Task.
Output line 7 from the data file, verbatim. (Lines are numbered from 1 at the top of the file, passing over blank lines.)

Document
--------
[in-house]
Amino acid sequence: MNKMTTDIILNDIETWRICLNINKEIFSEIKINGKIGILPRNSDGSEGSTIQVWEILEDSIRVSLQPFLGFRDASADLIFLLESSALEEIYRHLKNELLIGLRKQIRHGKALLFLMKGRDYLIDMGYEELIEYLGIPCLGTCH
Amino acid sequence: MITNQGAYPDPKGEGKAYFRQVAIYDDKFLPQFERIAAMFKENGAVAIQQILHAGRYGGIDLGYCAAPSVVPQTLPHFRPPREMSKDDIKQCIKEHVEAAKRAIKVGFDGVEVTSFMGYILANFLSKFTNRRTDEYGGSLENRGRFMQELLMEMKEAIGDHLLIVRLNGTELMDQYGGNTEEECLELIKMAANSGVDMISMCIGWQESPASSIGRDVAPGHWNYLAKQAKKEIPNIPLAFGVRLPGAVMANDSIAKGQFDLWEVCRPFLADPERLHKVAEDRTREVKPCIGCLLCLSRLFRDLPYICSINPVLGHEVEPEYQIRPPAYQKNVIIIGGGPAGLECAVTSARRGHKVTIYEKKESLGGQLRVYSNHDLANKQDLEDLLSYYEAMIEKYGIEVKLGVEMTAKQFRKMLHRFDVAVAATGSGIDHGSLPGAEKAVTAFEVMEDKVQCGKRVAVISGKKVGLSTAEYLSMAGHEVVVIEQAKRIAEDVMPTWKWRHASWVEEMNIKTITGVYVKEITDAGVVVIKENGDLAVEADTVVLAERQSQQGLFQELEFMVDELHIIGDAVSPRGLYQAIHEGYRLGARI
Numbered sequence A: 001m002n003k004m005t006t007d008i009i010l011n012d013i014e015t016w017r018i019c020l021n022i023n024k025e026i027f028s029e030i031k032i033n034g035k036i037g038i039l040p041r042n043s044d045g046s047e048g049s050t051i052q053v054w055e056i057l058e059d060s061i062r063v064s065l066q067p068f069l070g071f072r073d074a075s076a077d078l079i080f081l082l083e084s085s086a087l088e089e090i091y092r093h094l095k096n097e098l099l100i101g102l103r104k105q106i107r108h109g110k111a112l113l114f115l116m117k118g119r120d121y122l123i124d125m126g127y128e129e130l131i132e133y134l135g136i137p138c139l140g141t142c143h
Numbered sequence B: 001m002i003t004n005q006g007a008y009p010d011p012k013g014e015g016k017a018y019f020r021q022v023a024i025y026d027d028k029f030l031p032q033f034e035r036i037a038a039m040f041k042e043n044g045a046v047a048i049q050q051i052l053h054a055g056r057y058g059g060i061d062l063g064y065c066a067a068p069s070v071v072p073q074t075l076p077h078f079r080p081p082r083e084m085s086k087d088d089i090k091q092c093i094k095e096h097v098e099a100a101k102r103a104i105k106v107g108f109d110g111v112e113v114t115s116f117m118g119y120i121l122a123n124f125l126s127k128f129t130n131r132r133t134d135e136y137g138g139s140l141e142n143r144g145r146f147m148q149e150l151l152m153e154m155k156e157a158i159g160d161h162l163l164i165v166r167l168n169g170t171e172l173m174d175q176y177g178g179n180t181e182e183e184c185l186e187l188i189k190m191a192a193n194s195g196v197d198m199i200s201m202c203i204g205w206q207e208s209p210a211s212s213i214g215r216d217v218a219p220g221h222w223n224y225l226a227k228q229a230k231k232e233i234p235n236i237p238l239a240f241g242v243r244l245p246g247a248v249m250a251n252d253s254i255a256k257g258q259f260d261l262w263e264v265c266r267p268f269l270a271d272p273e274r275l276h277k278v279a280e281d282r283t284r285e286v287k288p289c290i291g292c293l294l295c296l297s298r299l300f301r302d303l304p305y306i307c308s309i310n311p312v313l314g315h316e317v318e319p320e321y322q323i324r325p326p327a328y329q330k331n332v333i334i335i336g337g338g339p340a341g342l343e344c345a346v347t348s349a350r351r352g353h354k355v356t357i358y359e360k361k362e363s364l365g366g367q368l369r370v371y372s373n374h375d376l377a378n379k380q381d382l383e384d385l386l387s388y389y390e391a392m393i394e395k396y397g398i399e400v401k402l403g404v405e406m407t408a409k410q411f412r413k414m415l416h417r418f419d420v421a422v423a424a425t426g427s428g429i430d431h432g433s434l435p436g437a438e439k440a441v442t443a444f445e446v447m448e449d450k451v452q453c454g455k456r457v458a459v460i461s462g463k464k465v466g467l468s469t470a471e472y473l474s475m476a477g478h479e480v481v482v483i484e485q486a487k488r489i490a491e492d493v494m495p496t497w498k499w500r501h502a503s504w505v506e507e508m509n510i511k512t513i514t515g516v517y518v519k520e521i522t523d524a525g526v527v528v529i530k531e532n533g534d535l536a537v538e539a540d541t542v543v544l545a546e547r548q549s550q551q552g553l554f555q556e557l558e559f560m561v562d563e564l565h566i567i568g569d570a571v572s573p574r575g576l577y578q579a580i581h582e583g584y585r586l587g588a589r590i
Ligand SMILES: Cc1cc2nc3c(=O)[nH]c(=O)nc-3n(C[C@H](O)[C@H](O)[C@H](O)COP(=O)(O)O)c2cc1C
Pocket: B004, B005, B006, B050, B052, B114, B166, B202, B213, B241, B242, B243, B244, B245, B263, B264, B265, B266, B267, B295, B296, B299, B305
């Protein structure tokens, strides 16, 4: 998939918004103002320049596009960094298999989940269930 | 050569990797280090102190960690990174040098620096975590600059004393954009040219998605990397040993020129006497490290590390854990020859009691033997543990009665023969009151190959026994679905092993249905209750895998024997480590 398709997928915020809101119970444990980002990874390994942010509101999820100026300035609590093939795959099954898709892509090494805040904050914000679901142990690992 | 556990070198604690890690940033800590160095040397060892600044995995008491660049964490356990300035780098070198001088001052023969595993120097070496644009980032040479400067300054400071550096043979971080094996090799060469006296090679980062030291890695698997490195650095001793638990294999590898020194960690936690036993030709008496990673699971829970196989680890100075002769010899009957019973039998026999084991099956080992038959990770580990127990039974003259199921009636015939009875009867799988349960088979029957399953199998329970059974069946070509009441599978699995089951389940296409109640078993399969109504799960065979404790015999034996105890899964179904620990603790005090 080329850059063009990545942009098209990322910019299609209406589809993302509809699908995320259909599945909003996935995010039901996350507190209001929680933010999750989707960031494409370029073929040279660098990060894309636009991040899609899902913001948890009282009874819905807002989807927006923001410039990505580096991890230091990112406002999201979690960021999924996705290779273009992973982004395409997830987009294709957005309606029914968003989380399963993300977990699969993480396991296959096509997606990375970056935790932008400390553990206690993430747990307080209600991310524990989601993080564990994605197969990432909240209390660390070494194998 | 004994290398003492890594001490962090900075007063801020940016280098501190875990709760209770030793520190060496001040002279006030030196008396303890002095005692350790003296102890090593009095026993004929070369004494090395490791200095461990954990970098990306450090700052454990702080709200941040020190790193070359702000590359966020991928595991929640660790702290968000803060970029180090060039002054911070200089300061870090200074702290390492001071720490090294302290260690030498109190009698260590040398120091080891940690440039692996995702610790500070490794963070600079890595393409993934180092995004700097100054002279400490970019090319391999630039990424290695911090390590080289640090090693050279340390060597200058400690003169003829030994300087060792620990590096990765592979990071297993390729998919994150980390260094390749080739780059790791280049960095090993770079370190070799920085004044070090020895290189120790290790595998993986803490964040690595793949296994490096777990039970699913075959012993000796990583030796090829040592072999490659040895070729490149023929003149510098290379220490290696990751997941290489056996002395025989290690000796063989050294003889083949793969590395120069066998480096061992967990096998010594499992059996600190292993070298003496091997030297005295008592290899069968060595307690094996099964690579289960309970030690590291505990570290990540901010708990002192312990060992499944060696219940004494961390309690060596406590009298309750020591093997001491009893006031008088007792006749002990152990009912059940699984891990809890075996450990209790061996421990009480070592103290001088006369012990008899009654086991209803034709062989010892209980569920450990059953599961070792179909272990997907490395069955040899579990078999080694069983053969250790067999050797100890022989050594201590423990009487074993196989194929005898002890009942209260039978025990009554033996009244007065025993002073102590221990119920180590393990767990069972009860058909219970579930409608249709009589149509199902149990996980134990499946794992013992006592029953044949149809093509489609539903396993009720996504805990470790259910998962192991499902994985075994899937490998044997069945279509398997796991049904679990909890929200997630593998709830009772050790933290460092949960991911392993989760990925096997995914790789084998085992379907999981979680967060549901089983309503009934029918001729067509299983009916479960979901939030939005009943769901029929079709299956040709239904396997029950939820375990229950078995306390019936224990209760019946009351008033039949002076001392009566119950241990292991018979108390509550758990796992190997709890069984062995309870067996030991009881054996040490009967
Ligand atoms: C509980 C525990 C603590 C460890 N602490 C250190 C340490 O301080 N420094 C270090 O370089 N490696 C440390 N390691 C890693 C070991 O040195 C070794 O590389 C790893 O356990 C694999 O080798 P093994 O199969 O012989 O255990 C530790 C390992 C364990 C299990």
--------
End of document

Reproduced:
Pocket: B004, B005, B006, B050, B052, B114, B166, B202, B213, B241, B242, B243, B244, B245, B263, B264, B265, B266, B267, B295, B296, B299, B305